Oct. 12, 1943 – Dec. 28, 2019
Warren T.D. Barbour, an innovative archaeologist who was the first African American to earn a doctorate in his field in the United States, died Dec. 28 after a long struggle with Parkinson’s disease. He was 76.
A faculty member at the University at Buffalo for 37 years, he was a specialist in Meso-American archaeology and was part of groundbreaking studies at Teotihuacan, the City of Gods, a pre-Aztec site north of Mexico City that was the first large, planned city in the Americas and is known for its pyramids.
Born Warren Turner Drake in Philadelphia, he took the surname of his stepfather, Dr. J. Pius Barbour, and attended Central High School there.
He first visited the City of Gods while studying for his bachelor’s degree at Pennsylvania State University, doing archaeological work with the Teotihuacan Valley Project.
He returned to Teotihuacan while completing a master’s degree and doctorate in anthropology and archaeology at the University of Rochester. Studying under renowned anthropology professor Rene Millon, his doctoral work involved taking part in the massive effort to map the ruins there.
He noticed in 1975 that the people who created the many terracotta human figurines found at Teotihuacan had left their fingerprints in the damp clay. Analyzing the fingerprints led him to determine that women – as well as men – made the figurines.
An expert in archaeological computer programming, he set up a lab to examine fingerprints and other features on figurines on UB’s North Campus in Amherst.
He also developed new methods to determine how the clay figurines were manufactured and used.
Mr. Barbour joined UB’s Department of Anthropology and Archaeology in 1970 and, with Stuart Scott, established the Marian E. White Research Museum of Archaeology at UB.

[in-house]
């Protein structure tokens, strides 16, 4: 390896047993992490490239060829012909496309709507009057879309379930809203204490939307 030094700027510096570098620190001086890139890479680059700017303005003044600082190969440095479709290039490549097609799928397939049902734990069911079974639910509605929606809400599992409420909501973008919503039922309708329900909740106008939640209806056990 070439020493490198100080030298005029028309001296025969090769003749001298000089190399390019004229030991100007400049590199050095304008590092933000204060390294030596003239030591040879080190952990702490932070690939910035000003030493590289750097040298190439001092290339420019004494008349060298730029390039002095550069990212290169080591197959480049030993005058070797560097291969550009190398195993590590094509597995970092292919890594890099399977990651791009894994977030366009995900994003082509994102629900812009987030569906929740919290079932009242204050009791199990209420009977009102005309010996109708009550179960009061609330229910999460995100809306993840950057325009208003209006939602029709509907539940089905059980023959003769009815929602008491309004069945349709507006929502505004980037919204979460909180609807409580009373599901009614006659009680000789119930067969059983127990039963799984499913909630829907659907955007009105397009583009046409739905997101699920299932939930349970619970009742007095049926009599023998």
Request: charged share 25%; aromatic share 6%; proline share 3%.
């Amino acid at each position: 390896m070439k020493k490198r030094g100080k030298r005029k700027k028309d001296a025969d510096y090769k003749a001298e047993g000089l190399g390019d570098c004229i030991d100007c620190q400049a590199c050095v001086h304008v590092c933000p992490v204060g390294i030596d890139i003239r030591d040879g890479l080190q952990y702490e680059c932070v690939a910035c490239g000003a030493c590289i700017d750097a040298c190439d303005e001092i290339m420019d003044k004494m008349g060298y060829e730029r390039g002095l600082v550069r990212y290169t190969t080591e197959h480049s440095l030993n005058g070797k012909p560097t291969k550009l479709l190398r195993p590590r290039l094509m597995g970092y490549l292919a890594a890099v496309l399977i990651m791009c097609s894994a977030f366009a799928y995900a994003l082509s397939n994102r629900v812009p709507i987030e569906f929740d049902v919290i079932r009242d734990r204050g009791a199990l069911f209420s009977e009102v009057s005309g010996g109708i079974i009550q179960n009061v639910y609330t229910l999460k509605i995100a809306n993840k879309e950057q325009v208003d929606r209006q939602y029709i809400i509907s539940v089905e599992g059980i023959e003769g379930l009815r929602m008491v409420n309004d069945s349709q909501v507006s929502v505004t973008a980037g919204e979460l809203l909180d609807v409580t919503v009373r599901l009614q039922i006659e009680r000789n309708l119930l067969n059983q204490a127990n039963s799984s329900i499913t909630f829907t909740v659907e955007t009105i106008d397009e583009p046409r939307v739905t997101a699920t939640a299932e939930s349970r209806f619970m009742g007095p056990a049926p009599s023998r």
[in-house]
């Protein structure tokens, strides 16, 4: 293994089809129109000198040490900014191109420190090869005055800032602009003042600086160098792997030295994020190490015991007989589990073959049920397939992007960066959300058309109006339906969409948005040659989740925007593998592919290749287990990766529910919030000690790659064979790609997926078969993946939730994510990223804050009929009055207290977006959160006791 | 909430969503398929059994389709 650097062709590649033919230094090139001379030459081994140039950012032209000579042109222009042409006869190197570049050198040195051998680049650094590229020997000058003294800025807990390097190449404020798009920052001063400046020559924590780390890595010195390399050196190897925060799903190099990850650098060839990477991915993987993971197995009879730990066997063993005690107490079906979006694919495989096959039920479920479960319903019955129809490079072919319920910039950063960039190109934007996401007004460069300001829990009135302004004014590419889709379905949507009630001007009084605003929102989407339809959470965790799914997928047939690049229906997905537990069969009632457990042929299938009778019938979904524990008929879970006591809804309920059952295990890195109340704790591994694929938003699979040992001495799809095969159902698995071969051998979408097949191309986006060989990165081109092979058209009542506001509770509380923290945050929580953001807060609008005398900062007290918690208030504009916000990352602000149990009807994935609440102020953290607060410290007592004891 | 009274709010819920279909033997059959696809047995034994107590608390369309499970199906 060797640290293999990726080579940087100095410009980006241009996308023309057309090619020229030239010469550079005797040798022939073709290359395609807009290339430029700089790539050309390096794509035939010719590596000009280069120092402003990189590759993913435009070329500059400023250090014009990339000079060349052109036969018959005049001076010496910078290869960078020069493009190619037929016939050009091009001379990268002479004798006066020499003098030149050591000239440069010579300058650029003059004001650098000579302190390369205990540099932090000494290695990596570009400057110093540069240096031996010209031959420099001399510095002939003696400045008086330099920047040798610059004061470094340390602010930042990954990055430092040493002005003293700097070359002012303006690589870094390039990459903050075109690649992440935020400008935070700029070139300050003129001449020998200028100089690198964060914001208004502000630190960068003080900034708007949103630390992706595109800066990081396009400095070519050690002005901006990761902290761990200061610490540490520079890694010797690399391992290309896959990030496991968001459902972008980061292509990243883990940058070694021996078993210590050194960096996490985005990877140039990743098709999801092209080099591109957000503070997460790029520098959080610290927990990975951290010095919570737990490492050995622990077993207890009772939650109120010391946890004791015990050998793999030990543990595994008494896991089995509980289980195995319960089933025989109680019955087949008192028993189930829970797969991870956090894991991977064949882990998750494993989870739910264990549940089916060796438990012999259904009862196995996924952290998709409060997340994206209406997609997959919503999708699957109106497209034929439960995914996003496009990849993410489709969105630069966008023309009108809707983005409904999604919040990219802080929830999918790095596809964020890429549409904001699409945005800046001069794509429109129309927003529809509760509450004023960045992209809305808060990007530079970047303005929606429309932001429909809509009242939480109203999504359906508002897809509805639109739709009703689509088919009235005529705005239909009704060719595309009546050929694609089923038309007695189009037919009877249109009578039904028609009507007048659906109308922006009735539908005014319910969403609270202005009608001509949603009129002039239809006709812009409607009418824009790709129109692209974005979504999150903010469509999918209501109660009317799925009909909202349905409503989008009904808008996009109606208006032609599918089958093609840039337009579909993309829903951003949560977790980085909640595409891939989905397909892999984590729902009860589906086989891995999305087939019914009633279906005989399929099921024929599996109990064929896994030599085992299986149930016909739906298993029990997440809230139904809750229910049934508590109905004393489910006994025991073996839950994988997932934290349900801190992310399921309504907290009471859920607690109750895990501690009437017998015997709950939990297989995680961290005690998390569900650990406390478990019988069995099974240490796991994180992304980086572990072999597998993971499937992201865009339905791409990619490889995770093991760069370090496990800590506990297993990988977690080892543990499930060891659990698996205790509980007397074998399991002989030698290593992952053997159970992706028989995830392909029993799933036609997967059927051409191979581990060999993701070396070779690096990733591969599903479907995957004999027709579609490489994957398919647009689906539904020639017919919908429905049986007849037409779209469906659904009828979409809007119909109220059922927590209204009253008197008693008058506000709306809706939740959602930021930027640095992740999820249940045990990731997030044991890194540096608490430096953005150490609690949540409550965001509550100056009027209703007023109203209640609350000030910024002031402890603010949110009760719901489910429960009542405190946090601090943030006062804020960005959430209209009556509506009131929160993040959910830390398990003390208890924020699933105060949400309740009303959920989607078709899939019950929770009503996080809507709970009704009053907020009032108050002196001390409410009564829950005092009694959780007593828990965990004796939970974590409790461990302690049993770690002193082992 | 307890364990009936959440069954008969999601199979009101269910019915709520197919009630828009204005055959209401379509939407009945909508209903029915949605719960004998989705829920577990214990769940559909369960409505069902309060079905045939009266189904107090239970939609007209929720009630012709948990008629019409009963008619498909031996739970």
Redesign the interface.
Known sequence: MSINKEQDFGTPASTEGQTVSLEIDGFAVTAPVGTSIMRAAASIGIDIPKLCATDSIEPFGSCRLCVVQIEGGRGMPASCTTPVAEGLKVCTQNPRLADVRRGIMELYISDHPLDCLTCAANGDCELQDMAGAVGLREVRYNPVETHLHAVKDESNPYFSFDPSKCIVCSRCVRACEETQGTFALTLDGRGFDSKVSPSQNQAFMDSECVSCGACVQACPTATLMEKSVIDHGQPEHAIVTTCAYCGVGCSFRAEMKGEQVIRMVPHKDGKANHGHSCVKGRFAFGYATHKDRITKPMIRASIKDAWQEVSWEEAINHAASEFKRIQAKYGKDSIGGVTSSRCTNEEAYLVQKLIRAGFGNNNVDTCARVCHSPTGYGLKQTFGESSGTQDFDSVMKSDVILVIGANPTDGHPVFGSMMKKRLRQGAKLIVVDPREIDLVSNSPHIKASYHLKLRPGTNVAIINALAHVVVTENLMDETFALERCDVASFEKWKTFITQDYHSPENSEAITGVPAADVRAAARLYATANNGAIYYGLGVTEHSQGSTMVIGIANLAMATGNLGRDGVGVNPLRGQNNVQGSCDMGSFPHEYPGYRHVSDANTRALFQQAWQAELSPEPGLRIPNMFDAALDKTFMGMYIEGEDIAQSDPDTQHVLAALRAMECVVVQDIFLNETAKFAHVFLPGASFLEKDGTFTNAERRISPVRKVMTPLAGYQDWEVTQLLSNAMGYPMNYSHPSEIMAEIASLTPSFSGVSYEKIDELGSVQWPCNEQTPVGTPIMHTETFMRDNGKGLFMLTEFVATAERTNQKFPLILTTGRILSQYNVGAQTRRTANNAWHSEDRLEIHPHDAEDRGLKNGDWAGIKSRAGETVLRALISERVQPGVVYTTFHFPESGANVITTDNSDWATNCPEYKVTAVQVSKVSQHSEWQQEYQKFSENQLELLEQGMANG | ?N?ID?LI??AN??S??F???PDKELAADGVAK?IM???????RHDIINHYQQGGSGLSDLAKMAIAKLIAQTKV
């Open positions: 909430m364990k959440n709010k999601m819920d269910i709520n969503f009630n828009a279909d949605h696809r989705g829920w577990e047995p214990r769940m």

He was chairman of the university’s Black Studies Department in the early 1970s and headed one of the Ellicott residential colleges.
He became an associate professor emeritus in 2017.
He established the firm of Dean and Barbour Associates to do historical archaeology in the U.S. Its most significant project was excavation of an African American burial ground in New York City where the remains of hundreds of first-generation slaves were discovered. He led the site interpretation and education efforts there.
“Nowhere else in the world do we have an entire population of first-generation African slaves like this,” he told Buffalo News reporter Lou Michel in 1993. “They are virtually buried under Wall Street.”
Other investigations included a Grand Island housing development where thousand-year-old artifacts were found and a Native American village at a Tops Markets warehouse site in Lancaster.
He led the survey work that found pre-Civil War relics at the site of what is now the KeyBank Center in downtown Buffalo and uncovered stones from the old Commercial Slip in the Inner Harbor as development began at Canalside.
He had a lifelong interest in chess, sailing and fencing.
He enjoyed Civil War history and the music of Mozart.
He was a member of the Thursday Club, where members presented academic papers and discussed literary topics.
Survivors include a daughter, Susanna Turner Schenk; a brother, Russell C. Barbour; and two grandchildren.
A celebration of his life was held Jan. 4 in the Saturn Club, 977 Delaware Ave.